There are several dietary supplements and diets available for cats with arthritis. They usually contain a combination of essential fatty acids that help to reduce inflammation as well as glycosaminoglycans (glucosamine and chondroitin) which help to repair and build cartilage. The benefits of these supplements will be variable and are more effective if combined with other management tools.

Weight control is a very important strategy in the management of arthritis in cats as being overweight can exacerbate arthritis so should be avoided. There are a number of diets that can assist with this including lower calorie options, prescription weight-loss diets and even diets containing joint care ingredients.

Environmental and enrichment strategies

Modifying the environment can help improve your cat’s quality of life when they are dealing with arthritis. Some ideas include

  • The use of a soft  and comfortable bed, placed in an easily accessible location
  • The use of steps or ramps to provide access to higher places that they may like to seek
  • Low rimmed litter trays and enough of them placed in easily accessible places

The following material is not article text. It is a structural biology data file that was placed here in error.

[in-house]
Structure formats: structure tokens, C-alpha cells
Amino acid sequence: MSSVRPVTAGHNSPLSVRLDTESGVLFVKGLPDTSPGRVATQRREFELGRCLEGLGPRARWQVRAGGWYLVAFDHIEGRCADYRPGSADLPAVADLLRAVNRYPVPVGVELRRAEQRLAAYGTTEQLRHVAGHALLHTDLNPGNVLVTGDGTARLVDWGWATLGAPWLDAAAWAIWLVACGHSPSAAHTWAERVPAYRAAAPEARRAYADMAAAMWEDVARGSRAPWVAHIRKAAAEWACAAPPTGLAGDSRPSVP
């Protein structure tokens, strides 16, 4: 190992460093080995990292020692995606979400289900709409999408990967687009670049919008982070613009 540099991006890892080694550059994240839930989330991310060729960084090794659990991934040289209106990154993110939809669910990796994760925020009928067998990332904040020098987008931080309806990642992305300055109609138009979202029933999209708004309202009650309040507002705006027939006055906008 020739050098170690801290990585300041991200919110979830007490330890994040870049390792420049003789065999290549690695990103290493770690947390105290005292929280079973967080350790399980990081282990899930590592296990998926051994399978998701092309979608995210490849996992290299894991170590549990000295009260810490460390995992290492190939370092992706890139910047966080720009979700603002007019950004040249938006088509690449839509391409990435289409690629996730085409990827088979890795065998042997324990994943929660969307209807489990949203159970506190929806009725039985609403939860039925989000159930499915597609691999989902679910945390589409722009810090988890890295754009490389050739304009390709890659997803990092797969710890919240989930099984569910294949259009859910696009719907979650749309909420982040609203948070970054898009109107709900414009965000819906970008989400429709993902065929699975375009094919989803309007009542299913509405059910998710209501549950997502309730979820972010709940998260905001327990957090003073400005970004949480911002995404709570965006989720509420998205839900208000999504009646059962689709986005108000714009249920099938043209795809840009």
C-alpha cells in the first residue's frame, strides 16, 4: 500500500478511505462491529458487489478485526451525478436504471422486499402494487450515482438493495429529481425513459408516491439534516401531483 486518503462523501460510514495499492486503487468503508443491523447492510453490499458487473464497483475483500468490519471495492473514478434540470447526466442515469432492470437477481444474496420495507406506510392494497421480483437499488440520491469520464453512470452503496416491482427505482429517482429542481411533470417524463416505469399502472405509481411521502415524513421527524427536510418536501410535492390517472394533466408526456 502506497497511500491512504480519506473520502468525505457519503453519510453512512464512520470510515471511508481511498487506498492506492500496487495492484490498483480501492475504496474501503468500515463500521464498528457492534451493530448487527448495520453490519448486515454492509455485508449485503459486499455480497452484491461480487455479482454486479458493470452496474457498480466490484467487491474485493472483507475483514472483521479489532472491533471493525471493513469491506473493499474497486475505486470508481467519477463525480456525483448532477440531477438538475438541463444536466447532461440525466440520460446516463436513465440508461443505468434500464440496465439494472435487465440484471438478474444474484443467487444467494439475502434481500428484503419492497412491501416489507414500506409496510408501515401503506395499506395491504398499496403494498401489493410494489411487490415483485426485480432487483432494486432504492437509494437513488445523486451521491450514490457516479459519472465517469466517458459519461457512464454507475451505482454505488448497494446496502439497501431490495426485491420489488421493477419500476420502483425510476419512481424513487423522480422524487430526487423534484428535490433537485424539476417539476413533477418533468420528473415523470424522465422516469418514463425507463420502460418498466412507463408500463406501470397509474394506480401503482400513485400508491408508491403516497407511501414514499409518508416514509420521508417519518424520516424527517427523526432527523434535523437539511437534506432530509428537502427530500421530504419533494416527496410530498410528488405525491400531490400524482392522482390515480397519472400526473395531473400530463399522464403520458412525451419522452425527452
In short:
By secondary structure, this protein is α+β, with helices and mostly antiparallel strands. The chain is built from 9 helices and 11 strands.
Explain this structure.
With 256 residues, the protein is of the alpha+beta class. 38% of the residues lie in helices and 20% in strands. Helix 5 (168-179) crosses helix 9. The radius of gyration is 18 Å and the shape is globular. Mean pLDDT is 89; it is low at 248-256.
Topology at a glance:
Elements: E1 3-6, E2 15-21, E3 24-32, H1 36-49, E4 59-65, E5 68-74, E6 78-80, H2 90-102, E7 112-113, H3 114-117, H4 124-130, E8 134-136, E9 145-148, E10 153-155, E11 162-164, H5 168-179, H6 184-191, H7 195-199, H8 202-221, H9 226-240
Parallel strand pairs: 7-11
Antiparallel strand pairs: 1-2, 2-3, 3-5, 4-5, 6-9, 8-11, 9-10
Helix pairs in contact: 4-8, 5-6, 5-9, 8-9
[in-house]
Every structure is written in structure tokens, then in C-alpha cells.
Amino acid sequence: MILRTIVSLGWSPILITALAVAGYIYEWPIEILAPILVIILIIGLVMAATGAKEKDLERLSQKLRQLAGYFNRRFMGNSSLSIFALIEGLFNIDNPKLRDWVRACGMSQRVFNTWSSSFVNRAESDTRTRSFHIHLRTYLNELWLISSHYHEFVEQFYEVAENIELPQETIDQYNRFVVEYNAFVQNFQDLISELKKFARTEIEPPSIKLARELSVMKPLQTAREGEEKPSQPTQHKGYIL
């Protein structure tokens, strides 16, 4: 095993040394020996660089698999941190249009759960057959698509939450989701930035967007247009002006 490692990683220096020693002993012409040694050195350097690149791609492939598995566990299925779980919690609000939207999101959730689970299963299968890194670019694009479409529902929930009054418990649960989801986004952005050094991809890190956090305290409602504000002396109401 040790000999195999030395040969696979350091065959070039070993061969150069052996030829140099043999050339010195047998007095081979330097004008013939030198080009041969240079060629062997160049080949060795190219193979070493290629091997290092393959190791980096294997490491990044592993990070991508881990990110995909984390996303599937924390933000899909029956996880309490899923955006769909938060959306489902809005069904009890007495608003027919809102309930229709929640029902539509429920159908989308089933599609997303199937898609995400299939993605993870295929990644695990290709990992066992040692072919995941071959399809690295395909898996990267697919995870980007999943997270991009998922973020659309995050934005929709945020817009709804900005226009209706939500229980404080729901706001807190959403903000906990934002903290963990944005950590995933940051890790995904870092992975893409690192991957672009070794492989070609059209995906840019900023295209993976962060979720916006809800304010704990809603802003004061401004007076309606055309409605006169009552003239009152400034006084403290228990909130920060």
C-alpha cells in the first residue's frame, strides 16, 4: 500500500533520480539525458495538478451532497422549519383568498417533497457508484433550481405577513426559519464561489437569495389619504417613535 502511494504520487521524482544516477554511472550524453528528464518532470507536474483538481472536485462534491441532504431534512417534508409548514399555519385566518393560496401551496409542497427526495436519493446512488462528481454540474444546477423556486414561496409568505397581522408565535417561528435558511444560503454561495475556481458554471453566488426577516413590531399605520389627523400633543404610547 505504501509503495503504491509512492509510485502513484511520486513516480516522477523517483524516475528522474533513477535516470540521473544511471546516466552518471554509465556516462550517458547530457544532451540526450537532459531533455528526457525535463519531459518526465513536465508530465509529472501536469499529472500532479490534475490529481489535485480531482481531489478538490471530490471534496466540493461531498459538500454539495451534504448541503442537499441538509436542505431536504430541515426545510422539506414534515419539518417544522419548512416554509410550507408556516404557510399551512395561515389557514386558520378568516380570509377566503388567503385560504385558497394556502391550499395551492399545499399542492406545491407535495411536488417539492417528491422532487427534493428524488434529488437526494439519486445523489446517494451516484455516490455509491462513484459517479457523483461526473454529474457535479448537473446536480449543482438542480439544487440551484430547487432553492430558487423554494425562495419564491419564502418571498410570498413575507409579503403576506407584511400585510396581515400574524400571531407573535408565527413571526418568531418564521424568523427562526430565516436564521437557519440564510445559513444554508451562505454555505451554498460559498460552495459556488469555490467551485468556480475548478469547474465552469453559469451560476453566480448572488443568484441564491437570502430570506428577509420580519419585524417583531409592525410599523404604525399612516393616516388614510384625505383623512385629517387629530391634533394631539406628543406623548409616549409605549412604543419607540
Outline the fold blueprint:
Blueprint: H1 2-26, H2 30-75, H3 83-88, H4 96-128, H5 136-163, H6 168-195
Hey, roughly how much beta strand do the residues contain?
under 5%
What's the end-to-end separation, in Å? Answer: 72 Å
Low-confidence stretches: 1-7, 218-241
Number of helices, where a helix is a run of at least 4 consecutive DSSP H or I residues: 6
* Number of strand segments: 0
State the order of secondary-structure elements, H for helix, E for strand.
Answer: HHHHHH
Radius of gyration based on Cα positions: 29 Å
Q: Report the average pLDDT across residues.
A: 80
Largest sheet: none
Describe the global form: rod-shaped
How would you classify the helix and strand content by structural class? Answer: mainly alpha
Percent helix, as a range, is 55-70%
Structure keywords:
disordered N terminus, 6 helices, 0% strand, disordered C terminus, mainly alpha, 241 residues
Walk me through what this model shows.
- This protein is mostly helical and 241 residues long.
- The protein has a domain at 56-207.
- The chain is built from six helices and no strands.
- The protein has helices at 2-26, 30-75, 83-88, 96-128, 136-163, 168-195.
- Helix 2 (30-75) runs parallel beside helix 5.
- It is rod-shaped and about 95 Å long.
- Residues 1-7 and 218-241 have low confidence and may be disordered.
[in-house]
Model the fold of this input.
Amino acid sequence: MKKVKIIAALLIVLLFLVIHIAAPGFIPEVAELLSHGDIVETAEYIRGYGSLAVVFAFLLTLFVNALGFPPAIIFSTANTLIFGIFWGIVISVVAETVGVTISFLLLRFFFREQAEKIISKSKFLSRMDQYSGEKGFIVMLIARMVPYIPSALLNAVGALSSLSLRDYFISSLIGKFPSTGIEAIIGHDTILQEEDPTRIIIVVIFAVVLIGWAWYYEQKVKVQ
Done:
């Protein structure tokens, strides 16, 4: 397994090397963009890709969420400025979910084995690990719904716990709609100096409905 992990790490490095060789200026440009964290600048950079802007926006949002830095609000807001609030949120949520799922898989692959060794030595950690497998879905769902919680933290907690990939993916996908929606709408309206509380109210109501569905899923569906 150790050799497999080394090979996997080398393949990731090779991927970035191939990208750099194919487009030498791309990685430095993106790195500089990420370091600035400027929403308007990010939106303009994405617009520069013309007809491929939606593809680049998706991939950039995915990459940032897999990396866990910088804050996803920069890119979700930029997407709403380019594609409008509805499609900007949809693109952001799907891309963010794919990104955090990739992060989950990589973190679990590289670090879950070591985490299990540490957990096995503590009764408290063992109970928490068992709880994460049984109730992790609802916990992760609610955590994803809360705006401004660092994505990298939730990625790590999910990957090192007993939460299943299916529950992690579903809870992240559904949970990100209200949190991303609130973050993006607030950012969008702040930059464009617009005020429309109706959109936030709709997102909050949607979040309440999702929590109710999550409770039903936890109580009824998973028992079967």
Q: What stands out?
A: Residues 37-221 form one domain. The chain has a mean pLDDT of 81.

• Still encourage gentle exercise by playing with them and can use interactive toys to help and stimulate their interest
  • Groom them regularly as they may have difficulty grooming themselves if their joints are stiff

Wrap up

The most important take home message for this blog would be that cats don’t display what one might think are obvious signs of arthritis. It is important to look out for the subtle changes they may indicate joint disease and have these confirmed with your vet. An arthritic cat is not just an old cat but there are plenty of management tools we can use to make them more comfortable and thrive in their senior years. 

Pet Insurance 101: A Guide for new Pet-Parents

What is pet insurance?

According to recent surveys carried out by Animal Medicines Australia, nearly 70% of all Australian households own a pet! We have one of the highest pet ownership rates in the world and pets have become a part of our families. But it comes with no surprise that as much as they enrich our lives, they come with both big personal and financial commitments. Many pet parents don’t realise the high cost of unexpected veterinary bills and this can be assisted with pet insurance.